Gerringer v. Gerringer, 257 S.E.2d 98, 42 N.C.App. 580 (N.C. App., 1979)
Gladys Marie GERRINGER
Otis John Calvin GERRINGER.
Court of Appeals of North Carolina.
Aug. 7, 1979.
Gerald C. Parker, Greensboro, for defendant-appellant.
No counsel contra.
MORRIS, Chief Judge.
Defendant appeals assigning error to the order of the district court granting plaintiff a decree of absolute divorce pursuant to G.S. 50-6. Plaintiff filed her action 22 March 1978 alleging that she and defendant were married 7 June 1952 in South Carolina; that they separated and continuously have been living apart since 3 May 1974; that she has been a resident of North Carolina for six months next preceding the commencement of this action; and that there are no pending actions for support or alimony between the parties. Plaintiff prayed only for a decree of absolute divorce. Defendant answered the complaint generally admitting the allegations, but denied that the parties had been separated since 3 May 1974. He plead in bar of this action a prior judgment entered 26 September 1977 in which plaintiff’s action for alimony was dismissed and in which she was found to have abandoned defendant and their two minor children. Defendant also pleads as his [42 N.C.App. 581] third defense plaintiff’s adultery. He moved to dismiss the complaint. Nevertheless, the trial court entered judgment granting plaintiff an absolute divorce without alimony.
Defendant contends that as a matter of law their period of separation did not begin until the entry of judgment in his wife’s prior action for permanent alimony and alimony pendente lite wherein alimony was denied because of her willful abandonment of defendant. His reasoning is apparently that at the time that prior suit was initiated, G.S. 50-6 permitted a plea of abandonment in bar of divorce because of one year’s separation. Therefore, defendant would argue, our law cannot consider the period of separation prior to entry of that previous judgment 26 September 1977. We find no support for defendant’s strained interpretation of the history of G.S. 50-6. Effecting all cases initiated since 1 August 1977, G.S. 50-6 has eliminated recriminatory defenses by the addition of the following language: “A plea of res judicata or of recrimination, with respect to any provision of G.S. 50-5 (and effective 11 June 1978,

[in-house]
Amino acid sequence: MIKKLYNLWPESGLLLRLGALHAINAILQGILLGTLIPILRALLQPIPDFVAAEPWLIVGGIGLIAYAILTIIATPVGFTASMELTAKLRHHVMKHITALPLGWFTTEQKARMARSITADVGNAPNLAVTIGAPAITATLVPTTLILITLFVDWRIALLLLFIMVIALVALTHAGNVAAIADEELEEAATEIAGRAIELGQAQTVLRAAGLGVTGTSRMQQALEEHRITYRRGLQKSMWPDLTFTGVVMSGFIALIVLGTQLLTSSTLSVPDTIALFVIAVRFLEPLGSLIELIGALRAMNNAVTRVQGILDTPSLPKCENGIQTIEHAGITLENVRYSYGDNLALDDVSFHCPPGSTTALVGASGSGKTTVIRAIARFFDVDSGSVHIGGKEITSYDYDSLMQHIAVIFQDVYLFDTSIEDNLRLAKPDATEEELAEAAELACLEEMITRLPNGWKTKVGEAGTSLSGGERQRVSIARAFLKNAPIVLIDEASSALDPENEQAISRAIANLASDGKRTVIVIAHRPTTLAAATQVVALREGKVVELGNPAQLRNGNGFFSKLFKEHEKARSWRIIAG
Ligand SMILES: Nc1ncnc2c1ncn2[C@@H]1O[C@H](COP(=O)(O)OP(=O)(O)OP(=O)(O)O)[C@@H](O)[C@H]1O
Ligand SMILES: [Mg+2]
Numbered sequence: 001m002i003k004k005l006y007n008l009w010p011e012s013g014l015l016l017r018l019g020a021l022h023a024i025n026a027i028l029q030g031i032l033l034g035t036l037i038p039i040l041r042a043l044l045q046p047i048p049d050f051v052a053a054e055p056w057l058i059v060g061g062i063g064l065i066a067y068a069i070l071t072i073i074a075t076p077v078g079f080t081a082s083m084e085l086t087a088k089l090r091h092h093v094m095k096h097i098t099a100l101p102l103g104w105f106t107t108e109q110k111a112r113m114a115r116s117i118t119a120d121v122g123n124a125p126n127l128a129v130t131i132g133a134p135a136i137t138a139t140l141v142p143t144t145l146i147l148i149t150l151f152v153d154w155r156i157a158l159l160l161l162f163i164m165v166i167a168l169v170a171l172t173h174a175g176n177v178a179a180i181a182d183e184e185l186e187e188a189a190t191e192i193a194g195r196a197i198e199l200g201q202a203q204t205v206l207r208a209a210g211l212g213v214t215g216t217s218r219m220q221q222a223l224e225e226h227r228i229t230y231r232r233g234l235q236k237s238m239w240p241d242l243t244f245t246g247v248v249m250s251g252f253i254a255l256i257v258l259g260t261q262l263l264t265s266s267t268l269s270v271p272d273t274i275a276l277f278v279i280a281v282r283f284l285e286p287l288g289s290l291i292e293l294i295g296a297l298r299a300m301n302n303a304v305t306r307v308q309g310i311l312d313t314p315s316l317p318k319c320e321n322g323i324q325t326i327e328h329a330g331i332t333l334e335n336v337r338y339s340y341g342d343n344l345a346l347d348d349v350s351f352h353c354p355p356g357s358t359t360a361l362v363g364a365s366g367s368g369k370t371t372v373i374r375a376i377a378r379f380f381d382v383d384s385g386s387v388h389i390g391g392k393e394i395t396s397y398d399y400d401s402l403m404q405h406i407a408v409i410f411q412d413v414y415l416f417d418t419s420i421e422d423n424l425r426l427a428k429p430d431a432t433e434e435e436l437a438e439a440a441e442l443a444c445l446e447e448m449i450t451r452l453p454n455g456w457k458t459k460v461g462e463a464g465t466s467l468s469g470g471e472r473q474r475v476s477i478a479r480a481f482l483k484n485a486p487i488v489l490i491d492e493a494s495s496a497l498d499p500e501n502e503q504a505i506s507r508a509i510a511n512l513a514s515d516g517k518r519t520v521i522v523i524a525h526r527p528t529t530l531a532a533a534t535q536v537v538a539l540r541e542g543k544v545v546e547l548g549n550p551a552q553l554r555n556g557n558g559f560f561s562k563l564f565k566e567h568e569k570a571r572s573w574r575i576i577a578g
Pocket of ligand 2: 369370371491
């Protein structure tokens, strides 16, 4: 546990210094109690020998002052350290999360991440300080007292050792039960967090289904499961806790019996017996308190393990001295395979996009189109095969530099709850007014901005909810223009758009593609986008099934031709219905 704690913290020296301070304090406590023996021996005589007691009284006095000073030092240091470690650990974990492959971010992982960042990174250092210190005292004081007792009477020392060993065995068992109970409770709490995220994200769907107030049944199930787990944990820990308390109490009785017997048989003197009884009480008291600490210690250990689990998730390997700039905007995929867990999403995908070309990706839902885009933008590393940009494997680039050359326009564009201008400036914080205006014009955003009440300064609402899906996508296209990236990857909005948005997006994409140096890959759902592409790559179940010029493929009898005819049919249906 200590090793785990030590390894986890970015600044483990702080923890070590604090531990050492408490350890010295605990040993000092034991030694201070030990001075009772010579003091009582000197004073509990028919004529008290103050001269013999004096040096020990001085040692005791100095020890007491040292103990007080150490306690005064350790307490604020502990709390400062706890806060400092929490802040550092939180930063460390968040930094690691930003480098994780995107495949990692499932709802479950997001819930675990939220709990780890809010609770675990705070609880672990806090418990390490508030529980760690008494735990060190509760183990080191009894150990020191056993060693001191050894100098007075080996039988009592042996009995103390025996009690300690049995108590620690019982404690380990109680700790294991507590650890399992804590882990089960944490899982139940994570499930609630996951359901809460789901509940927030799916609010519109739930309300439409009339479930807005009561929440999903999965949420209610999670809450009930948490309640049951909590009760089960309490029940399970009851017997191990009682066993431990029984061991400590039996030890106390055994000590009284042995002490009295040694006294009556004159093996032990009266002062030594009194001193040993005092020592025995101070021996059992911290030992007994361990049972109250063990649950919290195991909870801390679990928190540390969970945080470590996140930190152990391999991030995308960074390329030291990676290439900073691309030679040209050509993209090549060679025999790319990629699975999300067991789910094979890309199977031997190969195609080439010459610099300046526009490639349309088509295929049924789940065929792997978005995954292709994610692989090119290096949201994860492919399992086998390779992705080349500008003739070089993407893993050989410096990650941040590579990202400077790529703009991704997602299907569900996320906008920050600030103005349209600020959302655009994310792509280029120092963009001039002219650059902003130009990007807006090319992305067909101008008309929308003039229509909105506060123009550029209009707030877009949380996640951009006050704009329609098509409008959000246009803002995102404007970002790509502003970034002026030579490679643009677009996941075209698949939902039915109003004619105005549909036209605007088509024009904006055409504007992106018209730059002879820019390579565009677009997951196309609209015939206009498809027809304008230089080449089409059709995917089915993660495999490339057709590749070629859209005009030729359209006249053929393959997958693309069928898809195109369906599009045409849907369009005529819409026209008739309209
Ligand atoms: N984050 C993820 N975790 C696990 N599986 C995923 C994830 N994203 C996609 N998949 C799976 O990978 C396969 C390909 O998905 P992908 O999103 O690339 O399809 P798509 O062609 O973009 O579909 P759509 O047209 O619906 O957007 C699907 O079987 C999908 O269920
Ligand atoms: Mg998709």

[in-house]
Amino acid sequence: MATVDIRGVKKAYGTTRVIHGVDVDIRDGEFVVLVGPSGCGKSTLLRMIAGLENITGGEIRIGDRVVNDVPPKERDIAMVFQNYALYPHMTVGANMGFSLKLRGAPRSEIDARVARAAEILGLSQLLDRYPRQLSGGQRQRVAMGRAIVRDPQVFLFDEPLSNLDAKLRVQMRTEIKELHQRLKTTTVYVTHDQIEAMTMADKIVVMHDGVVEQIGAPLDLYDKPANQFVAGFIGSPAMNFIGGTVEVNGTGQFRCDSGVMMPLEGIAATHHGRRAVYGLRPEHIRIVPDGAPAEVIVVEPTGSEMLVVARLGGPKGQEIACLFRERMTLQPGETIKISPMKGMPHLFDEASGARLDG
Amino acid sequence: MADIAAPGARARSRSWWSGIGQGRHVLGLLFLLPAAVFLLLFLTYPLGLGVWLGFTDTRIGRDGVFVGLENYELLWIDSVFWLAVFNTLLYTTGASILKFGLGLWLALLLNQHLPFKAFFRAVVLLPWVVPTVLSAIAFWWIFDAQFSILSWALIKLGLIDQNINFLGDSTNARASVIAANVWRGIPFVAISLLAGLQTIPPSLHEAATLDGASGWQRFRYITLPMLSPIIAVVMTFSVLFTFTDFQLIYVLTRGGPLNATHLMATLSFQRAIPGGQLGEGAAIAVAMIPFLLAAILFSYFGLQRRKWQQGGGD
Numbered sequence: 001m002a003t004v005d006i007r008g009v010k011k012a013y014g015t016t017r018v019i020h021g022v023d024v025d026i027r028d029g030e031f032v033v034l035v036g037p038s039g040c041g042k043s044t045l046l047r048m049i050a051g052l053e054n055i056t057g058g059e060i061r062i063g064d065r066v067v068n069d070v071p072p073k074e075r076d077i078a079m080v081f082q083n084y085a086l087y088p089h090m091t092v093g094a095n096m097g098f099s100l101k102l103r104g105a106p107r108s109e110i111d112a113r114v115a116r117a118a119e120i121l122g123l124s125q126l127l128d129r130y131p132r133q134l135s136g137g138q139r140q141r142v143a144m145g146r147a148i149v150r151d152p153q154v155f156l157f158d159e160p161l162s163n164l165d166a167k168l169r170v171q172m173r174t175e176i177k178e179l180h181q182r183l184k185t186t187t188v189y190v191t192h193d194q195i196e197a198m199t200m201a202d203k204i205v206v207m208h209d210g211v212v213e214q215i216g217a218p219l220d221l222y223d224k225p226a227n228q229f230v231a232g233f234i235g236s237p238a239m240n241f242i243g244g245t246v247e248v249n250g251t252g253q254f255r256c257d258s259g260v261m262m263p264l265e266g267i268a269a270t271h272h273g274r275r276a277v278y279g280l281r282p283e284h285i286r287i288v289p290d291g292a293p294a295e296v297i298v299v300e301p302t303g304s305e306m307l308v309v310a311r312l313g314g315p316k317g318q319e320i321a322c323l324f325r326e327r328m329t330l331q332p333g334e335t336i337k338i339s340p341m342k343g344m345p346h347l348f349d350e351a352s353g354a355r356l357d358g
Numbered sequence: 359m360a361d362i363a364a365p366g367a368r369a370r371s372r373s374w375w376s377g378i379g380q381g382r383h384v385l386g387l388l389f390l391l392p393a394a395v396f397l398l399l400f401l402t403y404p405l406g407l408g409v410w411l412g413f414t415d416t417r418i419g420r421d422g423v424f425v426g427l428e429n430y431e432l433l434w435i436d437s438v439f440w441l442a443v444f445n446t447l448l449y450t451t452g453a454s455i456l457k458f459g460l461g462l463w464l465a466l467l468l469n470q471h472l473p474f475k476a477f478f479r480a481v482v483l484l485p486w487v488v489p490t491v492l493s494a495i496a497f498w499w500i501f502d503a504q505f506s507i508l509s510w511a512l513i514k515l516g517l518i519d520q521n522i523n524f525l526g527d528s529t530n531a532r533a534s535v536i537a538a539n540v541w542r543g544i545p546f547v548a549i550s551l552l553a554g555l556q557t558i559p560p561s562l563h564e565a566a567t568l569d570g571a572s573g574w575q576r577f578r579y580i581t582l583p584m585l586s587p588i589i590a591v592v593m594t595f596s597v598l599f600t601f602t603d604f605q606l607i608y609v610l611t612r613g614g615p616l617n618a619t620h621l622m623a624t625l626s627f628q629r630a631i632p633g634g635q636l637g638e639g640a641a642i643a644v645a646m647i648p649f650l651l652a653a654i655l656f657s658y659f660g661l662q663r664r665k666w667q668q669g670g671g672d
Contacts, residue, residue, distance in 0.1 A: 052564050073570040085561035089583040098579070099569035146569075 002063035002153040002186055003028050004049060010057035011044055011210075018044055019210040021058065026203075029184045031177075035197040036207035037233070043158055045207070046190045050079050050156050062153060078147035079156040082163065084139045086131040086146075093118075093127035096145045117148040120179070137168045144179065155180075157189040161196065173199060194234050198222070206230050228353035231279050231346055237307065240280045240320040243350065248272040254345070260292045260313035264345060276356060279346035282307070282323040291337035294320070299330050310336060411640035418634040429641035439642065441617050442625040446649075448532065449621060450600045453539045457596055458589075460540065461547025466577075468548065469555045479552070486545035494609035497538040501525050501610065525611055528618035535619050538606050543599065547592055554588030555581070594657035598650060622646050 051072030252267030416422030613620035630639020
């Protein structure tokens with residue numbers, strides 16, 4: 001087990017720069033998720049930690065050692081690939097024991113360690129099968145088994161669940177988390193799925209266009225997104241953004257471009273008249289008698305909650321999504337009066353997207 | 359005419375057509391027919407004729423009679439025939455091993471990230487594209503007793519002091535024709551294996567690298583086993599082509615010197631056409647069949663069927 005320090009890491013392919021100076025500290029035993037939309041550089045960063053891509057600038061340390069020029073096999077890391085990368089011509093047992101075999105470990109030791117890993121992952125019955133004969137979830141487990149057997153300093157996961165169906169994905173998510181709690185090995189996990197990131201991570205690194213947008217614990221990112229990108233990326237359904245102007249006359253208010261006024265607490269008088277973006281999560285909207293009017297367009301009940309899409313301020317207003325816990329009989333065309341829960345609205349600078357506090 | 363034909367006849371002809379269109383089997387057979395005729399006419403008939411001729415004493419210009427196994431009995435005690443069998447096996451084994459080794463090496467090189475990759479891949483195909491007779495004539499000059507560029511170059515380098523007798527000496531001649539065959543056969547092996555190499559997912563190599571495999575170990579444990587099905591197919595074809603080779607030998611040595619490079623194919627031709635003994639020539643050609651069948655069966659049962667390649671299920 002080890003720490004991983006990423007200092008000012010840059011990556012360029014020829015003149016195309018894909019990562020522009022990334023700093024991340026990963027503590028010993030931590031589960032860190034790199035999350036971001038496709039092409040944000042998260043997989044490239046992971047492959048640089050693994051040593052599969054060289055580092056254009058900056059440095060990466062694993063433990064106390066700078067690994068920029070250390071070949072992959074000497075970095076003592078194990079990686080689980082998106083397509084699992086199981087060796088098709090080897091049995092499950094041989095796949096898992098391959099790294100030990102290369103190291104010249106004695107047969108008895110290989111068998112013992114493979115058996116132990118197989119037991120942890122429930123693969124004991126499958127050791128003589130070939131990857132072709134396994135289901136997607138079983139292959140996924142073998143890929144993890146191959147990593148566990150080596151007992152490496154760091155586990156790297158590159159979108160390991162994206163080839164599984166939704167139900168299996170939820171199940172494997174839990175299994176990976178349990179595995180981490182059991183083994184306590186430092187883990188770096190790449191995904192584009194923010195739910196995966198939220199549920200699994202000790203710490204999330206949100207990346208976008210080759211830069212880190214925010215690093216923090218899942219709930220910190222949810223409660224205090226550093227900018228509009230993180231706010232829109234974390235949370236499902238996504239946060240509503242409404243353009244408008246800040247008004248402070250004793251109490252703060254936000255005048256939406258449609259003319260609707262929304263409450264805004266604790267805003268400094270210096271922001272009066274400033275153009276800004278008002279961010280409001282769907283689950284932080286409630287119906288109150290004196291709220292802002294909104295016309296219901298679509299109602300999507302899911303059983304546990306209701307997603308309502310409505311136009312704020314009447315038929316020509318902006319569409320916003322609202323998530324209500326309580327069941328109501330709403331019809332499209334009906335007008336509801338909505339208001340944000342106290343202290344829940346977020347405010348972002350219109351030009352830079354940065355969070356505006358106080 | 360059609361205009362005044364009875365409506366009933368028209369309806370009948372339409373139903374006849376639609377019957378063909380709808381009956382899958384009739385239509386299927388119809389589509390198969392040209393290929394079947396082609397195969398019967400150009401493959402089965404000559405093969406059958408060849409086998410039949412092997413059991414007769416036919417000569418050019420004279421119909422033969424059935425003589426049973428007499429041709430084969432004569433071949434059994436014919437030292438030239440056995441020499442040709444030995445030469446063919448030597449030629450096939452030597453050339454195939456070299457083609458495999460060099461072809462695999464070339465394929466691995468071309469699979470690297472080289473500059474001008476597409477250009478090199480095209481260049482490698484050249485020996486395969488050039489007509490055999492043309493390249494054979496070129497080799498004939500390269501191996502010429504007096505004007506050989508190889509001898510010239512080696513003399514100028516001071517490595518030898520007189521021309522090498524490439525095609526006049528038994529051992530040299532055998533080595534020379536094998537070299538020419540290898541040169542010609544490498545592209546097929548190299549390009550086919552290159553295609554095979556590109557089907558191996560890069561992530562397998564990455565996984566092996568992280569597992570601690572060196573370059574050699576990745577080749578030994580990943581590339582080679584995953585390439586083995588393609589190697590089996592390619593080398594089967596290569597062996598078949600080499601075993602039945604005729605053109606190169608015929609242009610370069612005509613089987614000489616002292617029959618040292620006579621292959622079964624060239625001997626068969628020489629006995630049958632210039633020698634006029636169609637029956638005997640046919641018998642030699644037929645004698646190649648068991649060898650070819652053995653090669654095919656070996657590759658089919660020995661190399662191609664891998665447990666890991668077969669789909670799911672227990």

also G.S. 50-7) shall not be a bar to either party obtaining a divorce (under G.S. 50-6).” This amended statutory language was in effect when plaintiff initiated her action 22 March 1978. Therefore, abandonment is not available as a defense to an action under G.S. 50-6.
Defendant contends, nevertheless, that he is not pleading the prior judicial determination of abandonment in bar of the action, but only as a factor in determining the length of separation. We note that a judicially recognized separation may be considered in determining the period of separation. See e. g., Earles v. Earles, 29 N.C.App. 348, 224 S.E.2d 284 (1976). However, a physical separation of the parties, which occurred 3 May 1974, accompanied by an intention on the part of at least one of the parties to cease the matrimonial obligation, is also a sufficient separation under the statute. See Earles v. Earles, id. There is no question but that such a separation occurred. Merely because abandonment was a defense to this action during a period of the separation does not render that period of separation ineffectual.
For the foregoing reasons, the order of the trial court is
HEDRICK and WEBB, JJ., concur.